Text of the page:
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Mark Klett, Slight Track and Red Clouds, Copper Mountains, digital photograph from gelatin silver print

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Michael Lundgren, Parasitic Weight, archival pigment print

Carrie Marill, Nature-T:Monument Valley, gouache on paper

Carrie Marill, Nature-T:Monument Valley, gouache on paper

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Monica Aissa Martinez, Armadillo: Texas, mixed media on paper

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Leigh Merrill, Denizens, pigment print

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Matthew Moore, Rotations: Moore Estates-Sorghum (homes) Wheat (roads), 35 acres, digital photogra

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Rose Bean Simpson, Know Thyself, ink on paper

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Will Wilson, Edward S Curtis, The Northern American Indian, Norwood, MA, The Plimpton Press

Between Earth and Sky, Contemporary Art from the American Southwest will travel to 4 locations:

Sichuan University 四川大学
March 11, 2015 – March 31, 2015: Exhibit at Sichuan University

Nanjing University of Posts and Telecommunications 南京邮电大学
April 6, 2015 – April 26, 2015: Exhibit at Nanjing University of Posts and Telecommunications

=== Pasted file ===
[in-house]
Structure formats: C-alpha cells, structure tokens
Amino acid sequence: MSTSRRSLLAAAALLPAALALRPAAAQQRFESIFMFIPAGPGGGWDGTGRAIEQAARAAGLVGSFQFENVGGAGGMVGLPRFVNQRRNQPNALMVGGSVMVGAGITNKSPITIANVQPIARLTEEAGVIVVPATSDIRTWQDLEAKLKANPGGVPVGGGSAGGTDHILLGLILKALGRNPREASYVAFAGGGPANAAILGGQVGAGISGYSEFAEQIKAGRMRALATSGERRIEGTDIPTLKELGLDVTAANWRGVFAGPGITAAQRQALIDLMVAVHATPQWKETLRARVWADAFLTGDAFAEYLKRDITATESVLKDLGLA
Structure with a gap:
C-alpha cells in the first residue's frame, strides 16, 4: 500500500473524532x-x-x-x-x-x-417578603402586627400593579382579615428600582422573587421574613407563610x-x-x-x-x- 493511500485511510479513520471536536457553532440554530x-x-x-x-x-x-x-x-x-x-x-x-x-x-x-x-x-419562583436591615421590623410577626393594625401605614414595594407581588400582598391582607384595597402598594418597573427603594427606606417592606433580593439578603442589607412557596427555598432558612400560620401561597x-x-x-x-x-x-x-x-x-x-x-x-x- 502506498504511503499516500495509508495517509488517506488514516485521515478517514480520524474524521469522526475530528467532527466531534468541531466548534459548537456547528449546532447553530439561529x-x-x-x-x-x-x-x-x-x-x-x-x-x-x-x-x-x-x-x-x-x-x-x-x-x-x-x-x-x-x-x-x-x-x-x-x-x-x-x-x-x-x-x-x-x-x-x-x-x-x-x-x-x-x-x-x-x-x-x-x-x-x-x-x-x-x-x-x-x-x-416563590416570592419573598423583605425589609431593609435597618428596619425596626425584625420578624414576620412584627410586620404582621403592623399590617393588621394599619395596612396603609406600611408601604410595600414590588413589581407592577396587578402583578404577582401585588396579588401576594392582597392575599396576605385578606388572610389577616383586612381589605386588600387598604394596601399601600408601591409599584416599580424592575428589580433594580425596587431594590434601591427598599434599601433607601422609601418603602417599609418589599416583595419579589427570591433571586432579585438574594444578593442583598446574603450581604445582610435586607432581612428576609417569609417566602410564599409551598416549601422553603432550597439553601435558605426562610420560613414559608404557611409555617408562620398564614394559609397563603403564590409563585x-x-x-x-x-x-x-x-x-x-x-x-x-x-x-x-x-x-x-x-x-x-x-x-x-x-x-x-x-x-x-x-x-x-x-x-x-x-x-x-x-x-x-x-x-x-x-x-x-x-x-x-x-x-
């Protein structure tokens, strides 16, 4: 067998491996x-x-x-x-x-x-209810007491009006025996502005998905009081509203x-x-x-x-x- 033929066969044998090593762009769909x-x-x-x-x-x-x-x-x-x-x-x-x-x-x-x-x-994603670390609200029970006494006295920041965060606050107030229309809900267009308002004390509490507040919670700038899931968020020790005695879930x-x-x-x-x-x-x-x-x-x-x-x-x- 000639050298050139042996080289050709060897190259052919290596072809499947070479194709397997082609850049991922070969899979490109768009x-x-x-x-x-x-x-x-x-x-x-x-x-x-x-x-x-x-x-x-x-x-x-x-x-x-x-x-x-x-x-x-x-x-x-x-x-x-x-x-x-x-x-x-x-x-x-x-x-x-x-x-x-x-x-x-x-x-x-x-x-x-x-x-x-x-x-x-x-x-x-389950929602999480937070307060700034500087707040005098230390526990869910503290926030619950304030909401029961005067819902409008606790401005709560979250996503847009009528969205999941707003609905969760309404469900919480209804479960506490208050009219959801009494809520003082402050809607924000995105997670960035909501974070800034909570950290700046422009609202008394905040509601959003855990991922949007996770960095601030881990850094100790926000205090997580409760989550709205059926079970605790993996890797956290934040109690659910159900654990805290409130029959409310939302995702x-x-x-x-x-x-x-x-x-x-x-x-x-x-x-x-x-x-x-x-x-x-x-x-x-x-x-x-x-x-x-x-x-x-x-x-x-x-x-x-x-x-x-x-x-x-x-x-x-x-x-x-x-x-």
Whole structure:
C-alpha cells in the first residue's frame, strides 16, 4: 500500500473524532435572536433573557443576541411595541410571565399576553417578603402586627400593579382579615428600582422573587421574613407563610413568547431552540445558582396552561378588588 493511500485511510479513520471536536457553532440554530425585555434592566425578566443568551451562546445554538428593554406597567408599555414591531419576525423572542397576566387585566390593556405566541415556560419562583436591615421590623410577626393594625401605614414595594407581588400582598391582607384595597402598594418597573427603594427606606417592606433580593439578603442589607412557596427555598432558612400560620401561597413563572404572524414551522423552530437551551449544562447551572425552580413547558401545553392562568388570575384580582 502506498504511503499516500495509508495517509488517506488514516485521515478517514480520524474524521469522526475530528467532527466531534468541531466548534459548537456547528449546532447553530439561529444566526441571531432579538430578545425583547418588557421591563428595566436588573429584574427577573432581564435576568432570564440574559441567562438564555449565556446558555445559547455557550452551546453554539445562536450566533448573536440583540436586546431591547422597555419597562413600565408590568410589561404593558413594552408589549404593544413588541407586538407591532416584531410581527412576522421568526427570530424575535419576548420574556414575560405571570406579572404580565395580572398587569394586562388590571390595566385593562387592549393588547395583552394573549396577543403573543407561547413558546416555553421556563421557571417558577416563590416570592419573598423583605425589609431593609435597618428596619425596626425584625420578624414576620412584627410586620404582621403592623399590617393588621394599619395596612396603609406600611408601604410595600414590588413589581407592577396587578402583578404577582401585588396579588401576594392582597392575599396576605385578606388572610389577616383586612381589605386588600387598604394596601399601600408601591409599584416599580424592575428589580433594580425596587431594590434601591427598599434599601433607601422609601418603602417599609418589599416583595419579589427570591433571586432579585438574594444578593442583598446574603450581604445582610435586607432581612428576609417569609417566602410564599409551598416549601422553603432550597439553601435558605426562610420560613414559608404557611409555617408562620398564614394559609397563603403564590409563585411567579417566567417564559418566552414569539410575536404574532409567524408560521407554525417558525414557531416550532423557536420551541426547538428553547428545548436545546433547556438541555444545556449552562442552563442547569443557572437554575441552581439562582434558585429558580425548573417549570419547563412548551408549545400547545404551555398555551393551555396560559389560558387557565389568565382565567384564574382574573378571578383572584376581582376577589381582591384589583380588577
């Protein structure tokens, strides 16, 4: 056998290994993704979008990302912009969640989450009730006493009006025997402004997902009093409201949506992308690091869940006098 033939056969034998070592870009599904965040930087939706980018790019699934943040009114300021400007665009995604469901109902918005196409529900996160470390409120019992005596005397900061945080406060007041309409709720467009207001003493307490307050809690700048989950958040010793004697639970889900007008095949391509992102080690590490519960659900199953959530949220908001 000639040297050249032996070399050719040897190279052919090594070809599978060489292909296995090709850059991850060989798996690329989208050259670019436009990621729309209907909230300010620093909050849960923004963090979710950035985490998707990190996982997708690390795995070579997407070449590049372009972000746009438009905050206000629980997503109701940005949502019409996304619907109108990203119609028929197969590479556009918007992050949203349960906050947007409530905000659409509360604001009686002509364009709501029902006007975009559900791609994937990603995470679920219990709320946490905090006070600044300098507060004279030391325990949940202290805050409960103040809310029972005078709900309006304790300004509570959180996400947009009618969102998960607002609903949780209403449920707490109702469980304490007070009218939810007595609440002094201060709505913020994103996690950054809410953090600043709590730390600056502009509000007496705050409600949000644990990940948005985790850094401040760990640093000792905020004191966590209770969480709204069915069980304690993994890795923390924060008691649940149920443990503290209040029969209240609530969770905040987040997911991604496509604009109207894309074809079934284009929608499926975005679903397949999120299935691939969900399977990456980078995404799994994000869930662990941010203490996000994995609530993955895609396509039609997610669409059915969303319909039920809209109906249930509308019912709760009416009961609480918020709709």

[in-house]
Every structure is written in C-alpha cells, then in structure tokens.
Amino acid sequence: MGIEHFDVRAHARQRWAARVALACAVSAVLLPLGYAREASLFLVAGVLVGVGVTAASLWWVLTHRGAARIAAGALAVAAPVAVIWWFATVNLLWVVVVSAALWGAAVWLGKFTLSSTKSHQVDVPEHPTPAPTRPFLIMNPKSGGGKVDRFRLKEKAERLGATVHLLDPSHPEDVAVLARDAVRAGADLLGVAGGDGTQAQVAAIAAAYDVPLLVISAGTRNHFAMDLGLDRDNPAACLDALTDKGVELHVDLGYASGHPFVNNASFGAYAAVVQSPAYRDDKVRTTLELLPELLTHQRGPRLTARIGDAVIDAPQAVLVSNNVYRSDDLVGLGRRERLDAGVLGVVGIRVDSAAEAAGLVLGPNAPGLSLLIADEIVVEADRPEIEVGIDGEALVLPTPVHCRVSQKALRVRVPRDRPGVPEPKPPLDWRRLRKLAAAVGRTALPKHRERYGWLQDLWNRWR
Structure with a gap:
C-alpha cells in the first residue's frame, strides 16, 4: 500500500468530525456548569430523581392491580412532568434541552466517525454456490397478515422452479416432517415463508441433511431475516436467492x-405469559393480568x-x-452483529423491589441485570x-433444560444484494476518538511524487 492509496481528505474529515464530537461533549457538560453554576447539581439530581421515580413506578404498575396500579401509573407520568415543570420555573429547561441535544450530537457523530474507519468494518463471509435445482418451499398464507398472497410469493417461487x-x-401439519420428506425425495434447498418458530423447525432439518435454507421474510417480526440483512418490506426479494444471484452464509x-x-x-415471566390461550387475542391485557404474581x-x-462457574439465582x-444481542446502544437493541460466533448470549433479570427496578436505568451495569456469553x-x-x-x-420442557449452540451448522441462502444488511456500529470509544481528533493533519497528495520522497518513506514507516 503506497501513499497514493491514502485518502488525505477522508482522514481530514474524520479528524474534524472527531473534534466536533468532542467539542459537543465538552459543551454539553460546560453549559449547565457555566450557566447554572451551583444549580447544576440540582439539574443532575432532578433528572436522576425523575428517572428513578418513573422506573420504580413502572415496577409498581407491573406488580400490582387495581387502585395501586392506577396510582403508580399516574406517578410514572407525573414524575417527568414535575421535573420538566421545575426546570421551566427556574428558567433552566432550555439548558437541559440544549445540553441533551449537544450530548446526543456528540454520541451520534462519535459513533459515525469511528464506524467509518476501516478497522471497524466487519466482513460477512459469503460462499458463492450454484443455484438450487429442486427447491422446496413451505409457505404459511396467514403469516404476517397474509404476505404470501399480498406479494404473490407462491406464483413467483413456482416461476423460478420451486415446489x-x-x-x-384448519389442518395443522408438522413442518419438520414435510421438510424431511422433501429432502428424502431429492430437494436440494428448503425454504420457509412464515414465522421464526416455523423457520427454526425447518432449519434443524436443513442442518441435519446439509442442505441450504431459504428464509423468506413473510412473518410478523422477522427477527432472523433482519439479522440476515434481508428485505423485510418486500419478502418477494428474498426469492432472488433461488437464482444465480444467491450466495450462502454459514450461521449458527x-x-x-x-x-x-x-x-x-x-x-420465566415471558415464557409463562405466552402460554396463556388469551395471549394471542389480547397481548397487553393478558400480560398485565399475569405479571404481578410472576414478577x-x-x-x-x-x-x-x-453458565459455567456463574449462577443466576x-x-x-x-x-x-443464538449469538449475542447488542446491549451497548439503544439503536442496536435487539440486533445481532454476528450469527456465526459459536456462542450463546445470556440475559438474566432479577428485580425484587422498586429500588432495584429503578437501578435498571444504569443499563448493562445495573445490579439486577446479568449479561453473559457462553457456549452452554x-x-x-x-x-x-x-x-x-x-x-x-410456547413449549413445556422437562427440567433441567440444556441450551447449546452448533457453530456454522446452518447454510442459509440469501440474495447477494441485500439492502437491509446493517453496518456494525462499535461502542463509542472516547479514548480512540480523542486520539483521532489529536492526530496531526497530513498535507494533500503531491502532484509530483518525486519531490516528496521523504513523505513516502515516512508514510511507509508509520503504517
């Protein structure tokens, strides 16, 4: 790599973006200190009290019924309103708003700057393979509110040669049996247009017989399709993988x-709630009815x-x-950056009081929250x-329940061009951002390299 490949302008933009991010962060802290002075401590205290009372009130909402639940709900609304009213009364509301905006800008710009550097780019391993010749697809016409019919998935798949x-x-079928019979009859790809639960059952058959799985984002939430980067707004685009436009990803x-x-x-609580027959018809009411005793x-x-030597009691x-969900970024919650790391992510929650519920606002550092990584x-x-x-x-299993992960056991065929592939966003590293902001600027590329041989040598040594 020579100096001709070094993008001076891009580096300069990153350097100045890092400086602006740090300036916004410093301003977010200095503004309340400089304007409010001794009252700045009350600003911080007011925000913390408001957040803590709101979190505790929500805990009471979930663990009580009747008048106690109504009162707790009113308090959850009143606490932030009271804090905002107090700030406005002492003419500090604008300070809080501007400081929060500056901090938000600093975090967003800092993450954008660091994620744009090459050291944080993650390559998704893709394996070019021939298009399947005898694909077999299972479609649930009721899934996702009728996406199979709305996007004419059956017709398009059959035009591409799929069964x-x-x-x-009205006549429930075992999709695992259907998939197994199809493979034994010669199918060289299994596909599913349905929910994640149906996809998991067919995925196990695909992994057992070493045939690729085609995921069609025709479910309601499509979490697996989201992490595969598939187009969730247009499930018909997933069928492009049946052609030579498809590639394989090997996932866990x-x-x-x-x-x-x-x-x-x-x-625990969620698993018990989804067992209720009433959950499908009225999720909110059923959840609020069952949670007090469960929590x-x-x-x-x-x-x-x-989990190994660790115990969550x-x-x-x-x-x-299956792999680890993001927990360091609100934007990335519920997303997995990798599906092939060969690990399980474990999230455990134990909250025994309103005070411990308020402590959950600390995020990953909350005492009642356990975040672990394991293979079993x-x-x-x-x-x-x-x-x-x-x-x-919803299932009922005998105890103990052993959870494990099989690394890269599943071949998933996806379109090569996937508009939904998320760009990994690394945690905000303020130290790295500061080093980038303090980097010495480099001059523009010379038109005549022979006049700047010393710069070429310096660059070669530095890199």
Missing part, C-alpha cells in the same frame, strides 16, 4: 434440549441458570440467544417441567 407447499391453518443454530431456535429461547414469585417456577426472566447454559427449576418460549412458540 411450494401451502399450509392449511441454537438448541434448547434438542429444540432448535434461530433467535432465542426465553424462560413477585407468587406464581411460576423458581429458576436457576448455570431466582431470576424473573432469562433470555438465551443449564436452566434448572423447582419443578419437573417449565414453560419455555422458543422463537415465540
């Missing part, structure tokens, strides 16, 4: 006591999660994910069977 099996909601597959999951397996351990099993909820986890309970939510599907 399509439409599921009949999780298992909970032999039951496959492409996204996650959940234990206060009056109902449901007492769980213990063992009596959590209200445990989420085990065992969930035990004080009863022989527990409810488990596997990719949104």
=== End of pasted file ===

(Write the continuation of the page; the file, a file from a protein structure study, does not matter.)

University of Shanghai Science and Technology 上海理工大学
May 11, 2015 to May 29, 2015: Exhibit at USST

Xi’an International University 西安外事学院
June 8, 2015 – June 22 , 2015: Exhibit at Xi’an International University

between earth and sky catalogue

Cover: Mark Klett, Contemplating the View at Muley Point, Utah, digital photograph from gelatin silver print
Backcover: Michael Lundgren, New Form, archival pigment print

The exhibition is a partnership between ACCEX – American Centers for Cultural Exchange and Arizona State University Art Museum.

nosce te ipsum (know thyself)

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The area I complete this week is a long 45 x 7″ strip that sits across a lower part of my current composition. The study is of my father. I said earlier that he’s always had strong physical presence. I imply this by including details of basic tissue like muscle and adipose.

I want to include bone tissue. He broke few bones, the wrist in particular, while riding a motorcycle. I recall he cut the cast of himself. His wrist healed slightly crooked. I think he liked that. I drew bone tissue in my mothers image. I want to do something different – connective tissue feels right here instead.